We can't seem to even rest for 2 hours without a major escalation in the COVID-19 Pandemic affecting our lives! No sooner did I write my latest article on Force Majeure (ACT of GOD), that I got an email from an attorney that we work with inquiring about the following facts which the email essentially states:
I had a conversation today with a buyer who is my client for a transaction that is scheduled for the end of this month. The issue we discussed was that the condo building next store has now put in restrictions for guests coming in and out of the building, no contractors can come in or out (except for an emergency). In my own building in Palm Beach, the board adopted measures today that are now in effect, which amongst a lot of new restrictions, also prohibit and prevent any moving in or moving out of the building.
Assuming such a restriction comes up in my client’s deal, his seller is supposed to move out on on or before the closing date. If the building prevents the Seller from moving out, and the contract requires that Seller give vacant and broom clean possession on the closing date, the seller will not be able to deliver vacant and broom clean possession for reasons beyond her control. Thus, a situation for Force Majeure seems to come into play.
The Contract was written by the broker and is a standard Fla/Bar “AS IS” Residential Contract for Sale and Purchase. The Force Majeure clause is in the standard printed form of the agreement at line 425, Paragraph 18 G (in the Standards section). This clause defines “Force Majeure” as certain Acts of God, unusual transportation delays, or wars, insurrections, or acts of terrorism, which, by exercise of reasonable diligent effort, the non-performing party is unable in whole or in part to prevent or overcome. It then allows time periods to perform to be extended by 7 days, and if performance still cannot be performed for 30 days, then either party may terminate and the Deposit is to be refunded to the Purchaser.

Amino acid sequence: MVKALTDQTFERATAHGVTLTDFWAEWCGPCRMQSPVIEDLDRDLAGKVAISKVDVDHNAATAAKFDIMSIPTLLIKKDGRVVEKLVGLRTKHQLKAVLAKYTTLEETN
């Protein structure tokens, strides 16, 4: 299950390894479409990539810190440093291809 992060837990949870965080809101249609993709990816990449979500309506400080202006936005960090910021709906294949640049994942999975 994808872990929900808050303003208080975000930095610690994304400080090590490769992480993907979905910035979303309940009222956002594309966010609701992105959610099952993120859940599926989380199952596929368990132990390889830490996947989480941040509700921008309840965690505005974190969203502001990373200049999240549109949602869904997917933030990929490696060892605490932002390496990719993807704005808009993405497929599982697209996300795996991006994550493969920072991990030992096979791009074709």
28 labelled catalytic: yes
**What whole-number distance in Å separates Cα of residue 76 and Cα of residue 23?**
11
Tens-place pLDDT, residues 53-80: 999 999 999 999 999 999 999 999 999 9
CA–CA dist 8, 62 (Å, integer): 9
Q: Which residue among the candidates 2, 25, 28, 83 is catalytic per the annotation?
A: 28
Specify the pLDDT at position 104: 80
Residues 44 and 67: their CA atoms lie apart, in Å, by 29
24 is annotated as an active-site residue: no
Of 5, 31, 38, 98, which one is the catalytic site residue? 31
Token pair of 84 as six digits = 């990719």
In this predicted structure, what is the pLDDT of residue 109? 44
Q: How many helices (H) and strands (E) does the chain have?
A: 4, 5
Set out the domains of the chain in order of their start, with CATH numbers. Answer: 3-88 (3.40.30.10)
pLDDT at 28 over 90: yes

The example given by the attorney WAS unique - but my wife was supposed to play bridge at another condo here and they are prohibiting any guests onto the property. So it is unique no longer! We are in a new territory of the law - which makes this exciting for us attorneys... but frightening for us as humans.
The answer now seems to be focusing on the language in the clause referencing "certain Acts of God" and probably "wars". War could come into play as this is being treated as a "war" on the virus by local, state and federal government. One of the definitions of "war" in Merriam Webster (online) Dictionary is "a struggle or competition between opposing forces or for a particular end." Isn't the government handling of movement and freedoms a tool in fighting a war against this virus? The opposing forces are the virus against humanity. Which will win?
As mentioned in the two previous articles, this issue is evolving ultra fast - its like a soccer game in fast forward!
What is your opinion on Force Majeure? Are we in a state of War?
Copyright 2020 Richard P. Zaretsky
Be sure to contact your own attorney for your state laws, and always consult your own attorney on any legal decision you need to make. This article is for information purposes and is not specific advice to any one reader.
Richard Zaretsky, Esq., ZARETSKY LAW GROUP. ATTORNEYS AT LAW, 1615 FORUM PLACE, WEST PALM BEACH, FLORIDA 33401, PHONE 561 689 6660. RPZ@ZARETSKYLAW.COM - FLORIDA BAR BOARD CERTIFIED IN REAL ESTATE LAW - We assist Brokers and Sellers with Short Sales and Modifications and Consult with Brokers and Sellers Nationwide www.ZARETSKYLAW.com.